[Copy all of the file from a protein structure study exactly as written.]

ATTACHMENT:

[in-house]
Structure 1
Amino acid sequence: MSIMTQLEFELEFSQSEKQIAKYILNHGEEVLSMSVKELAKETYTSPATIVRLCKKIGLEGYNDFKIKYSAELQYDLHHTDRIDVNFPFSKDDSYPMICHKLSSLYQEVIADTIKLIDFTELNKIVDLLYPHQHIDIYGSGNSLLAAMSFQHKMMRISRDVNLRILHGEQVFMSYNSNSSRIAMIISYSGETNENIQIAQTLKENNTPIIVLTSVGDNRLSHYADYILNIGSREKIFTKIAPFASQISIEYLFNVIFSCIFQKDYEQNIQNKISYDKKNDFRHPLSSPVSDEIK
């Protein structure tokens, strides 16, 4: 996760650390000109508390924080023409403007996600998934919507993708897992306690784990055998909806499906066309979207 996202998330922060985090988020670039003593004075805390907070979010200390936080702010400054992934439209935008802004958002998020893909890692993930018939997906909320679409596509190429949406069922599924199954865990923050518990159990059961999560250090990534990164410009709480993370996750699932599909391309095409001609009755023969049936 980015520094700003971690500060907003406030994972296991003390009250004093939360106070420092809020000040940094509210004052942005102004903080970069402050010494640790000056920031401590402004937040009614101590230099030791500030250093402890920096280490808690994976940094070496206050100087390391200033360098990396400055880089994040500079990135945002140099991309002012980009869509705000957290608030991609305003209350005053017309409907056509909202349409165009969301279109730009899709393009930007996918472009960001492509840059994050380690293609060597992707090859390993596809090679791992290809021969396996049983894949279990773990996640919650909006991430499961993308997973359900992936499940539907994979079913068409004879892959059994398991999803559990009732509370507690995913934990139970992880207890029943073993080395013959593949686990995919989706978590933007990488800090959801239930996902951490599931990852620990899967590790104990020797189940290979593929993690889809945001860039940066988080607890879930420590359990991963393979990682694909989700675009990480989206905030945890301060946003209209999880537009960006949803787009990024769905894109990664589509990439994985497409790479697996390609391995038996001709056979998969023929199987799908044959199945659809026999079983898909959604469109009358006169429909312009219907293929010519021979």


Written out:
[in-house]
Structure 1
Amino acid sequence: MSIMTQLEFELEFSQSEKQIAKYILNHGEEVLSMSVKELAKETYTSPATIVRLCKKIGLEGYNDFKIKYSAELQYDLHHTDRIDVNFPFSKDDSYPMICHKLSSLYQEVIADTIKLIDFTELNKIVDLLYPHQHIDIYGSGNSLLAAMSFQHKMMRISRDVNLRILHGEQVFMSYNSNSSRIAMIISYSGETNENIQIAQTLKENNTPIIVLTSVGDNRLSHYADYILNIGSREKIFTKIAPFASQISIEYLFNVIFSCIFQKDYEQNIQNKISYDKKNDFRHPLSSPVSDEIK
């Protein structure tokens, strides 16, 4: 996760650390000109508390924080023409403007996600998934919507993708897992306690784990055998909806499906066309979207 996202998330922060985090988020670039003593004075805390907070979010200390936080702010400054992934439209935008802004958002998020893909890692993930018939997906909320679409596509190429949406069922599924199954865990923050518990159990059961999560250090990534990164410009709480993370996750699932599909391309095409001609009755023969049936 980015520094700003971690500060907003406030994972296991003390009250004093939360106070420092809020000040940094509210004052942005102004903080970069402050010494640790000056920031401590402004937040009614101590230099030791500030250093402890920096280490808690994976940094070496206050100087390391200033360098990396400055880089994040500079990135945002140099991309002012980009869509705000957290608030991609305003209350005053017309409907056509909202349409165009969301279109730009899709393009930007996918472009960001492509840059994050380690293609060597992707090859390993596809090679791992290809021969396996049983894949279990773990996640919650909006991430499961993308997973359900992936499940539907994979079913068409004879892959059994398991999803559990009732509370507690995913934990139970992880207890029943073993080395013959593949686990995919989706978590933007990488800090959801239930996902951490599931990852620990899967590790104990020797189940290979593929993690889809945001860039940066988080607890879930420590359990991963393979990682694909989700675009990480989206905030945890301060946003209209999880537009960006949803787009990024769905894109990664589509990439994985497409790479697996390609391995038996001709056979998969023929199987799908044959199945659809026999079983898909959604469109009358006169429909312009219907293929010519021979």